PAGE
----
I am lucky to have Carol Porter’s chestnut farm nearby. After all, the whole United States has fewer than a thousand chestnut farms, totaling a little over 3,700 acres. Americans grow only 1 percent of the world’s chestnuts, while importing about five times the tonnage we produce. We would grow and eat many more chestnuts than that, I believe, if we could remember how good they are—even though they are a bit of a pain to prepare.
Americans once venerated the chestnut—the tree, at least, if not the nut itself. The American chestnut grew straight and tall, to more than 100 feet, and it dominated the forests of eastern North America. Its straight grain and resistance to rot made it ideal for log cabins—especially for foundation logs—and for poles, posts, masts, floors, and railroad ties. The nuts fed domestic pigs and cattle as well as people and wildlife.
By 1950, however, the American chestnut was a fading memory. In just a few decades, a fungus imported with Asian chestnut trees had killed nearly every American chestnut. This disaster was worse than the stock market crash of 1929, Carol says, in that it devastated the lives of the masses rather than harming a relatively few rich people.
Carol doesn’t actually favor American chestnuts. She acquired her American trees by mistake, after a nursery owner grafted European chestnuts (Castanea sativa) to American (C. dentata) seedlings. The grafts failed, and the rootstock grew up slender and tall among the wide, round canopies of the Chinese and European chestnuts.
Carol does like Chinese chestnuts (C. mollissima), which grow particularly well in her hillside orchard and reach only about 40 feet in height.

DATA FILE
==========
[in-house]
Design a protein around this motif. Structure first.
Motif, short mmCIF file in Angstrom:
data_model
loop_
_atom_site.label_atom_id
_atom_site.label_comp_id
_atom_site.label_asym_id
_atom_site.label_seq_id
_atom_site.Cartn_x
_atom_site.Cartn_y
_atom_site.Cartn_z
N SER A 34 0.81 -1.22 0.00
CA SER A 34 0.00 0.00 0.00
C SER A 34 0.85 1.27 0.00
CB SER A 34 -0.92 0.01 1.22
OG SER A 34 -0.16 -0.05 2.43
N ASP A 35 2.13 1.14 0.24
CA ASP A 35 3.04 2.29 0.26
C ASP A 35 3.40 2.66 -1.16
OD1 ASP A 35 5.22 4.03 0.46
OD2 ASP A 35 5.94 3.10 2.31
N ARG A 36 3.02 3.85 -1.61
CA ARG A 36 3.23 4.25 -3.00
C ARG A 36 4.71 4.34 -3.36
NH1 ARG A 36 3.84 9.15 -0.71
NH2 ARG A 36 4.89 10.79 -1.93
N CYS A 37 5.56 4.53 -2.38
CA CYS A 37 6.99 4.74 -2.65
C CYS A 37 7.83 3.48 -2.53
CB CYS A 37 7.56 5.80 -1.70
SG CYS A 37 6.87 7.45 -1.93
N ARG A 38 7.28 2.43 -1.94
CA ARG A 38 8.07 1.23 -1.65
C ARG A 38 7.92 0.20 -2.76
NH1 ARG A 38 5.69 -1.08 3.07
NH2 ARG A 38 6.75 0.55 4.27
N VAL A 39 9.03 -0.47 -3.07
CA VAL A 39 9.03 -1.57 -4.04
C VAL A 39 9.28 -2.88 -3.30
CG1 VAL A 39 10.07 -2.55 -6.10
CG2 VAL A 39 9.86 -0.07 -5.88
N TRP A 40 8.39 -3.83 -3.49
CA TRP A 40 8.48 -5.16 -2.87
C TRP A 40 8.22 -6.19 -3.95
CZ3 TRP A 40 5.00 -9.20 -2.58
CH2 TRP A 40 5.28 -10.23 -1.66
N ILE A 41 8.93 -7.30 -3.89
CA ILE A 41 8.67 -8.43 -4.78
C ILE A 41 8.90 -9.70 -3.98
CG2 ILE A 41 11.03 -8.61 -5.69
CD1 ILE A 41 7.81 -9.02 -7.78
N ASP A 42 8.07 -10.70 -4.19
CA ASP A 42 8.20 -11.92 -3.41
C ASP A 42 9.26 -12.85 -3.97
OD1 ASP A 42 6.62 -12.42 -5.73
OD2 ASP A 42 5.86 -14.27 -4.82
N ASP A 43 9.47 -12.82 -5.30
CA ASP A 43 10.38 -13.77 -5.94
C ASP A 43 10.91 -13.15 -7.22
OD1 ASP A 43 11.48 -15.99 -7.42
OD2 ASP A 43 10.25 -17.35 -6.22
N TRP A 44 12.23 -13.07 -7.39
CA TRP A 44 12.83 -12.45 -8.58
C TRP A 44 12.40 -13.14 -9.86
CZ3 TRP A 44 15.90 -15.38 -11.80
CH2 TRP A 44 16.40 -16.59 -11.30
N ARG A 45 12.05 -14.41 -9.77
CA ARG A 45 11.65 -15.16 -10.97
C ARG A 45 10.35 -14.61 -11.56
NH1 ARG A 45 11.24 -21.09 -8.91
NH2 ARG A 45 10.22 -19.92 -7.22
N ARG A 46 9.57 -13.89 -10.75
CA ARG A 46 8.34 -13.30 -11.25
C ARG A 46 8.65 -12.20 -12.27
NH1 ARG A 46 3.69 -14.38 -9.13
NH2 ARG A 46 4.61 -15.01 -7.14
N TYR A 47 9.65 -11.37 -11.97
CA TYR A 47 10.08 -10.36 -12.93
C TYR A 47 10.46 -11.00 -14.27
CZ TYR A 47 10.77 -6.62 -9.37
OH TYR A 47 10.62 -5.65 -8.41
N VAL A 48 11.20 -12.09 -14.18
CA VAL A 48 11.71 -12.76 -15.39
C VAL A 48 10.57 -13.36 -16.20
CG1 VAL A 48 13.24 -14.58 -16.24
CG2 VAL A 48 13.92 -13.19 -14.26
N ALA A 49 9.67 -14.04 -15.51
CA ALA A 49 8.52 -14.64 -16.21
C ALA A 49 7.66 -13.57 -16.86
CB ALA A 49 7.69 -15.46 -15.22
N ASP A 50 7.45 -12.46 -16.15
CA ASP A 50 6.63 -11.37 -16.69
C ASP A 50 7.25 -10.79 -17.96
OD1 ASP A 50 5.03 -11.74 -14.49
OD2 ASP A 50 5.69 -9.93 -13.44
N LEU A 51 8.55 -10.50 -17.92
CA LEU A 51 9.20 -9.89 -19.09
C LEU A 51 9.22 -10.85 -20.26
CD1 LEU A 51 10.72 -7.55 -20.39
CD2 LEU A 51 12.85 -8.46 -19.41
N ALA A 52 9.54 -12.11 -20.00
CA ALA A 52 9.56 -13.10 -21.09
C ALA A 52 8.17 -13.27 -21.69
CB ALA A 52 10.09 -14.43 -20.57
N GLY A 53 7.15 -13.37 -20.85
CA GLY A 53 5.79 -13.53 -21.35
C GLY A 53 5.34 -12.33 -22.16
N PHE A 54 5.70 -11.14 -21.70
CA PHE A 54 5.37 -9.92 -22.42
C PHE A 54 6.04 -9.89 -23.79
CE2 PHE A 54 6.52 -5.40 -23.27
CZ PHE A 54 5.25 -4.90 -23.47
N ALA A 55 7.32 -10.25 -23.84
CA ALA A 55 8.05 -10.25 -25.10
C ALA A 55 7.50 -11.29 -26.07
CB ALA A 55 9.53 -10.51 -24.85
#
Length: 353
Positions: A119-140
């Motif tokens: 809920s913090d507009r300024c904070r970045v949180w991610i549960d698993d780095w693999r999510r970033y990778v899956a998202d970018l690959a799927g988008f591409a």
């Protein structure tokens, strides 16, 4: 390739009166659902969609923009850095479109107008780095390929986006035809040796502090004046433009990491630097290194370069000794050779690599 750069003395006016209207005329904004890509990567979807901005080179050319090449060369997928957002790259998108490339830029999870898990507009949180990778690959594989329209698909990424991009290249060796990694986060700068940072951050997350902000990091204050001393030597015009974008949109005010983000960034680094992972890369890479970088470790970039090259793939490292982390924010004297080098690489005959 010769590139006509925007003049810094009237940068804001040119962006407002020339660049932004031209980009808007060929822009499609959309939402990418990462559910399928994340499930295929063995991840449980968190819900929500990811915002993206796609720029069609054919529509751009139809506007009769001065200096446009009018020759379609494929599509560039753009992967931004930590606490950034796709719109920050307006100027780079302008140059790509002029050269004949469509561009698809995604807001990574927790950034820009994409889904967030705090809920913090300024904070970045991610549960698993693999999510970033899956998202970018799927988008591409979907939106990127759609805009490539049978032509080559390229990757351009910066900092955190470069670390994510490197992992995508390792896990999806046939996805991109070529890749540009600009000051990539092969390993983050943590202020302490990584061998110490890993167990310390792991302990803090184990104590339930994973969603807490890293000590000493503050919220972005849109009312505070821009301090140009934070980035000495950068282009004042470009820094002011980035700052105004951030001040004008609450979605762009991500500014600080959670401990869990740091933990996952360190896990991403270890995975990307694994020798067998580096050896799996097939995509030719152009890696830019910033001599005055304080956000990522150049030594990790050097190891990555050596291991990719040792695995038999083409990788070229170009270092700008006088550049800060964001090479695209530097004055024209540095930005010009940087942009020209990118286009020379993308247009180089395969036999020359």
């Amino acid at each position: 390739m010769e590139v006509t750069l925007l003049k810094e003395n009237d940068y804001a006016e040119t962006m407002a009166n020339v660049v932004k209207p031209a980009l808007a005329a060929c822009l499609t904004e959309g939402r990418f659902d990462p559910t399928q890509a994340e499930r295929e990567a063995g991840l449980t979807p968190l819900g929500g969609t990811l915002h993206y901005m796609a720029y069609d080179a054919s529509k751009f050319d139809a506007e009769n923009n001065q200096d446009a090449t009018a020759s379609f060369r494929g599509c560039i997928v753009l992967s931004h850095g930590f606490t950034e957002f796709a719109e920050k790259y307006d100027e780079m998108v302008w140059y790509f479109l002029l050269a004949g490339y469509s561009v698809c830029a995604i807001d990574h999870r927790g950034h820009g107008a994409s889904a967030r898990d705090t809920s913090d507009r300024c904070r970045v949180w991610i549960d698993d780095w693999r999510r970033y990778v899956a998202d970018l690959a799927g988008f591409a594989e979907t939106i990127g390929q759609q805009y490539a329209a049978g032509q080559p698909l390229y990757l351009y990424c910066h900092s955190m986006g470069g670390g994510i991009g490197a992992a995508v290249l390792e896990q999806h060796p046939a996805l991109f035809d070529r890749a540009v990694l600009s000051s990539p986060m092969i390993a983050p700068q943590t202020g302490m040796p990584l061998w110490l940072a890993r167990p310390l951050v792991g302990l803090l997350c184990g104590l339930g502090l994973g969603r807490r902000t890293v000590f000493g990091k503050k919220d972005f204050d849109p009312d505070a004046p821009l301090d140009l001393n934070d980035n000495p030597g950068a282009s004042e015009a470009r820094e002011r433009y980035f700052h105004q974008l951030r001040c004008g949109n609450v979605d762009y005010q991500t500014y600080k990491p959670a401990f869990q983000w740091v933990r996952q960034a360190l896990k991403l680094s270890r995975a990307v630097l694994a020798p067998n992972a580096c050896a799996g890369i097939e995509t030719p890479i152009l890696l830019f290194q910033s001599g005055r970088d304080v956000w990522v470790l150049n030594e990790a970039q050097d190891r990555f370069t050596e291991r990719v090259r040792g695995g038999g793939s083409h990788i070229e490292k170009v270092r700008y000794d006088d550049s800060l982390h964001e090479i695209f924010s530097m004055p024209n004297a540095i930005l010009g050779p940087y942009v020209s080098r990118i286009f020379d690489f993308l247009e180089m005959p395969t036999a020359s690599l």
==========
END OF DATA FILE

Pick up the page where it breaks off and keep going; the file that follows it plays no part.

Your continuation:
Yet all of the nuts Carol sells come from another chestnut variety, the Colossal, a hybrid of European and Japanese chestnuts (C. crenata) bred in California in the early twentieth century. The Colossal is vulnerable to chestnut blight, but that disease has never become an epidemic on the West Coast, with our dry summers and lack of native chestnuts. The American chestnut thrives here for the same reason.
Recently Carol led me and a few friends through her orchard. As Carol talked, the rest of us filled our pockets with American and Chinese chestnuts, which otherwise would have fed Carol’s pigs and goats, before Carol led us to an outbuilding to buy bags of washed and dried Colossals. Our petty theft allowed us to do a taste comparison later, at home, after roasting some of the nuts. The small, rather flat American chestnuts are said to be sweetest, but Robert, Renata, and I all found them more nutty than sweet. The Chinese chestnuts, bigger and rounder than the Americans, were sweetest. The very big Colossals—often an inch and a half across—were least sweet and least nutty. They tasted starchy, like yellow sweet potatoes, and mealy. European chestnuts, after all, have only 4 percent fat, in comparison to 10 percent fat in American chestnuts. Although Carol’s customers want the biggest chestnuts available and so buy only Colossals, we preferred the American and Chinese nuts.